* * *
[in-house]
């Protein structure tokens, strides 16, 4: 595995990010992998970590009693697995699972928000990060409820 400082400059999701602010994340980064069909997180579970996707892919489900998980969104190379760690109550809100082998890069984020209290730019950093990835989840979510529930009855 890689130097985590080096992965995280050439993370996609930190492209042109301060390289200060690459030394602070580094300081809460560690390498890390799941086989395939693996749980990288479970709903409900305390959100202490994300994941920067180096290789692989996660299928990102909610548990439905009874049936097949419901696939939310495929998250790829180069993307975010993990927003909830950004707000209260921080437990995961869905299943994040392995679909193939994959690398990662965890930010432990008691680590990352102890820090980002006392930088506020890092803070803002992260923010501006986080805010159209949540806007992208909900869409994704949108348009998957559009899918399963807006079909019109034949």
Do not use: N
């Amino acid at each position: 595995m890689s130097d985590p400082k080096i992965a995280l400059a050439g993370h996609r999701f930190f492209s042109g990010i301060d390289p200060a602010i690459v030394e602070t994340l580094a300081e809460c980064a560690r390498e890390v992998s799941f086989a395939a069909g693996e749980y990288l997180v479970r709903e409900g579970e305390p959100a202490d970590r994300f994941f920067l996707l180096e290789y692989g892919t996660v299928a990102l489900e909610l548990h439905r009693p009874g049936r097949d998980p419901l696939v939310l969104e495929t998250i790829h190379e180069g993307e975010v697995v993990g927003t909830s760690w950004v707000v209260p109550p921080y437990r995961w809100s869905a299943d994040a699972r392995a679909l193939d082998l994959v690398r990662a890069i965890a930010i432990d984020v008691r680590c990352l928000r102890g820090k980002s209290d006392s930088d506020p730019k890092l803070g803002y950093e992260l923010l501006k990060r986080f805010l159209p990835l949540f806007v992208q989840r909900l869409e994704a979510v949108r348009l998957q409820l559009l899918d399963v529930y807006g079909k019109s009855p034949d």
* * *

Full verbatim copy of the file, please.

[in-house]
């Protein structure tokens, strides 16, 4: 595995990010992998970590009693697995699972928000990060409820 400082400059999701602010994340980064069909997180579970996707892919489900998980969104190379760690109550809100082998890069984020209290730019950093990835989840979510529930009855 890689130097985590080096992965995280050439993370996609930190492209042109301060390289200060690459030394602070580094300081809460560690390498890390799941086989395939693996749980990288479970709903409900305390959100202490994300994941920067180096290789692989996660299928990102909610548990439905009874049936097949419901696939939310495929998250790829180069993307975010993990927003909830950004707000209260921080437990995961869905299943994040392995679909193939994959690398990662965890930010432990008691680590990352102890820090980002006392930088506020890092803070803002992260923010501006986080805010159209949540806007992208909900869409994704949108348009998957559009899918399963807006079909019109034949």
Do not use: N
């Amino acid at each position: 595995m890689s130097d985590p400082k080096i992965a995280l400059a050439g993370h996609r999701f930190f492209s042109g990010i301060d390289p200060a602010i690459v030394e602070t994340l580094a300081e809460c980064a560690r390498e890390v992998s799941f086989a395939a069909g693996e749980y990288l997180v479970r709903e409900g579970e305390p959100a202490d970590r994300f994941f920067l996707l180096e290789y692989g892919t996660v299928a990102l489900e909610l548990h439905r009693p009874g049936r097949d998980p419901l696939v939310l969104e495929t998250i790829h190379e180069g993307e975010v697995v993990g927003t909830s760690w950004v707000v209260p109550p921080y437990r995961w809100s869905a299943d994040a699972r392995a679909l193939d082998l994959v690398r990662a890069i965890a930010i432990d984020v008691r680590c990352l928000r102890g820090k980002s209290d006392s930088d506020p730019k890092l803070g803002y950093e992260l923010l501006k990060r986080f805010l159209p990835l949540f806007v992208q989840r909900l869409e994704a979510v949108r348009l998957q409820l559009l899918d399963v529930y807006g079909k019109s009855p034949d």